The German government has introduced a sales incentive for new electric cars – and the German car industry is incensed.
Up to €9,000 is on offer to electric car buyers, which finally gives EVs price parity with conventional cars. However, there are no incentives for regular cars – and estimates suggest there is €15bn’s worth of them unsold in the German dealer network.
It’s these cars that German car firms want help with shifting.
The intentions of the EV-only incentives are noble. Of course we should help drive people into electric cars. Zero-emissions vehicles are the future.
But not everyone is ready for them or, crucially, can afford them. So how can we help such people do their bit to making the air cleaner?
By not just focusing on getting pure electric onto the road, but also getting dirty old ones off it.
Scrappage: the hybrid route
There’s growing talk in the UK of a scrappage-style incentive. Given the success of the last scheme, which helped sell 400,000 cars, this should be welcomed. But, unlike Germany, it should not just be focused on EVs.
For starters, there won’t be enough of them to go around. Also, because ordinary motorists might not be able to afford them. It risks giving a saving to those rich enough to buy them, which is hardly egalitarian.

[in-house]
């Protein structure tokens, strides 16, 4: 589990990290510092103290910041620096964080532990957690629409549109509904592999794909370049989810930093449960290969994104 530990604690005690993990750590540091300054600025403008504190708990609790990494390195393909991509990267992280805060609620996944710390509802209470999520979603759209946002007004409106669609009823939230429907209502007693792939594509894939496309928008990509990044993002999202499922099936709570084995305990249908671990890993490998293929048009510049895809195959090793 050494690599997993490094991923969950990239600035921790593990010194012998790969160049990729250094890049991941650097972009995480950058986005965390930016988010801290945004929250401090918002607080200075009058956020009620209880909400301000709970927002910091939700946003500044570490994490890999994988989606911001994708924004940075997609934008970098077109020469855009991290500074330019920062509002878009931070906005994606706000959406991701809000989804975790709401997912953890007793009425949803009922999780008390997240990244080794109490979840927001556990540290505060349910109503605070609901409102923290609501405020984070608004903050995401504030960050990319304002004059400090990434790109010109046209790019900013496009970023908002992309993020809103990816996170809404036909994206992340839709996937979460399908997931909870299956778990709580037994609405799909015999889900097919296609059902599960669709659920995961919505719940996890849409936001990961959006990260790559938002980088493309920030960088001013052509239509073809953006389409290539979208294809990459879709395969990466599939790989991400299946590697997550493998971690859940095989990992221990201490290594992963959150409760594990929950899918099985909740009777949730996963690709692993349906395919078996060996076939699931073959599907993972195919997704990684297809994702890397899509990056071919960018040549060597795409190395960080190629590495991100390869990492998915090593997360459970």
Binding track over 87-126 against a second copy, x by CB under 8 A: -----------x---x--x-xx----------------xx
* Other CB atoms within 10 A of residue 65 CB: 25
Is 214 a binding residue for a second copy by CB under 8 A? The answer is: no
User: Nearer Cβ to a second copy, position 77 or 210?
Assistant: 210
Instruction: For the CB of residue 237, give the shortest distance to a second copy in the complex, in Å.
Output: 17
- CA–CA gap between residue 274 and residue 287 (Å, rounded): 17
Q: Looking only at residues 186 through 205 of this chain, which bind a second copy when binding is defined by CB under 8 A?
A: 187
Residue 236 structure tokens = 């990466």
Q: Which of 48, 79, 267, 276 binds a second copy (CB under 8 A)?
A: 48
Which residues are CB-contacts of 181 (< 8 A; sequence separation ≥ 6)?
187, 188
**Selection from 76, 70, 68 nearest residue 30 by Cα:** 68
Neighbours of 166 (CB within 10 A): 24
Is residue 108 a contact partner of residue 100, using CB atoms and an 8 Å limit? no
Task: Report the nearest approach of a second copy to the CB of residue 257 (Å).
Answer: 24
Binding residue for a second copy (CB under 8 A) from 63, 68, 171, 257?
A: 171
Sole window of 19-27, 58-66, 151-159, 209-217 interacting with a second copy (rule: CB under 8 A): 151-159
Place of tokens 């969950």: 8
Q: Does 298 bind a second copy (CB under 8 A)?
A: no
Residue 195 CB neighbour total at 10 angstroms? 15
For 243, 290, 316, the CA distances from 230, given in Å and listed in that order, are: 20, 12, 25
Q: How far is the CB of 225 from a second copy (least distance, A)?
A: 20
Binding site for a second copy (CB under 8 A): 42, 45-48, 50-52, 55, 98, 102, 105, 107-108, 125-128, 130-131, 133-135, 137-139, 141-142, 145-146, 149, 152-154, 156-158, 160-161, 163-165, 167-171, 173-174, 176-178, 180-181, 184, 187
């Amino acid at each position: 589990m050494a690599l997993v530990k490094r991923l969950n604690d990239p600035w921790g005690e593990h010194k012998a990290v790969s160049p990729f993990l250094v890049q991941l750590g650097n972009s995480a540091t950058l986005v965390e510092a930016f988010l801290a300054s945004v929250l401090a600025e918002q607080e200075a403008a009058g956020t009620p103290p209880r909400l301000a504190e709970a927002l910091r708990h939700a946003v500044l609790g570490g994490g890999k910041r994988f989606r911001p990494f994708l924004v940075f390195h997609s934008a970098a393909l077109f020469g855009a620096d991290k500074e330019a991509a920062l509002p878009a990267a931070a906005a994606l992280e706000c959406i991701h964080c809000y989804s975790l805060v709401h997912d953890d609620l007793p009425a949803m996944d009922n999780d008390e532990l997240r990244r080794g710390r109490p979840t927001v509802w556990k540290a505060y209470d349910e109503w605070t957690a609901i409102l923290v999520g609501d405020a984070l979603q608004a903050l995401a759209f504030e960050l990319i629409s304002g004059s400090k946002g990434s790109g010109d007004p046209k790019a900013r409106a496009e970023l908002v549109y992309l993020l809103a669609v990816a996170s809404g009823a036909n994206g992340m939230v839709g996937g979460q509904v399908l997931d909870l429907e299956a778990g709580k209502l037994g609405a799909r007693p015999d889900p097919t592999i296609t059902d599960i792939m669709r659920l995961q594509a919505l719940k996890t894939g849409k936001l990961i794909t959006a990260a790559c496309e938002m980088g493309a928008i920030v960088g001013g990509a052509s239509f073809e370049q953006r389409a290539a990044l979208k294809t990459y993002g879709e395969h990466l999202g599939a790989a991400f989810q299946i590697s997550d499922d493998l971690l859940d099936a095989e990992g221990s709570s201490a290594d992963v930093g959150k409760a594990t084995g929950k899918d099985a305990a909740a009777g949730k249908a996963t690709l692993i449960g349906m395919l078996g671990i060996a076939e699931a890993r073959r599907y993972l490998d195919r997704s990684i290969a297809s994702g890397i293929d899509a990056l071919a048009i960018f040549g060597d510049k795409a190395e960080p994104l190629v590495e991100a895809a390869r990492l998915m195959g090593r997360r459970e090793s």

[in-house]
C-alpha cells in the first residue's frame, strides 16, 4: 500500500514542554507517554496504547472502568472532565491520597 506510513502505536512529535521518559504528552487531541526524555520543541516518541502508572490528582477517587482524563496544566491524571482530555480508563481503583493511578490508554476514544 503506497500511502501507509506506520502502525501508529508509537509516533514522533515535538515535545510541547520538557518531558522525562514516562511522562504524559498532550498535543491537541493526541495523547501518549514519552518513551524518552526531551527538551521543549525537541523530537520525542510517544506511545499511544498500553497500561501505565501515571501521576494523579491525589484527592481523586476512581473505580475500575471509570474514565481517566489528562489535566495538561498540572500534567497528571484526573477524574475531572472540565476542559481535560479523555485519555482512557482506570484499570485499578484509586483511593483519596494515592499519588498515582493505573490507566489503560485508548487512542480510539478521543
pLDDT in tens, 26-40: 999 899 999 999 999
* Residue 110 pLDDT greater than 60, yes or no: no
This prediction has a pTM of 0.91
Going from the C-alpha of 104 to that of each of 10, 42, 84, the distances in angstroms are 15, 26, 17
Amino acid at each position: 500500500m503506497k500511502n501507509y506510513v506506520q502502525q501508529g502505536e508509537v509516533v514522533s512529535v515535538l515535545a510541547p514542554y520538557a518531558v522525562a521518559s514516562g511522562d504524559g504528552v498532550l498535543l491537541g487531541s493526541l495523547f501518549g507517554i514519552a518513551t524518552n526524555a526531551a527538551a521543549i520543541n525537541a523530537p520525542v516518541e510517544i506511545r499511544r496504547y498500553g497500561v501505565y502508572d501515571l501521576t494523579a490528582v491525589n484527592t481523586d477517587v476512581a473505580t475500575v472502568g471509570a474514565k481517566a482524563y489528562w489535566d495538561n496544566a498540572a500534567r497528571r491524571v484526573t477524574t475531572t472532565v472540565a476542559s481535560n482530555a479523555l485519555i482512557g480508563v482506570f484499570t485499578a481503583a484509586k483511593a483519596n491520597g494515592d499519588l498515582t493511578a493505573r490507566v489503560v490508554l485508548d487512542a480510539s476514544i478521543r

My suggestion is this: incentivise sales of all electrified cars (that’s EV, plug-in hybrid, pure hybrid and mild hybrid), provided they chop in a dirty diesel (or older petrol) for scrappage.
All, to a greater or lesser extent, can operate at least some of the time in zero-emissions engine-off mode, so will immediately have an extremely positive effect on emissions and air quality (particularly compared to the car they’d be taking off the road).
Learn from ULEZ
The template is already there. Look at the London Ultra Low Emissions Zone (ULEZ). Who has to pay? Petrol cars that don’t meet Euro 4 emissions (2005 and older)… and diesels that don’t meet Euro 6 (2016 and older).
Even without dieselgate, many of us will be aware that as older diesels get older still, their turbocharged motors emit more and more noxiousness – both visible black smoke, and the more dangerous stuff you can’t see.
In an ideal world, owners would service their cars and keep them in tip-top condition, so this wouldn’t happen. But we’re human, and are you really going to put in your £1,000 Volkswagen Golf TDI for a gold-standard service just to keep the emissions down? For a third of the price of the car itself? Of course not.
Let’s get people out of them. Let’s get them off the road. Let’s clean up local air by incentivising someone out of a grubby diesel and into a modern hybrid.
Electrified cars are the stepping stone into pure, 100% zero emissions electric vehicles. Let’s use a 2020 scrappage scheme to start that journey.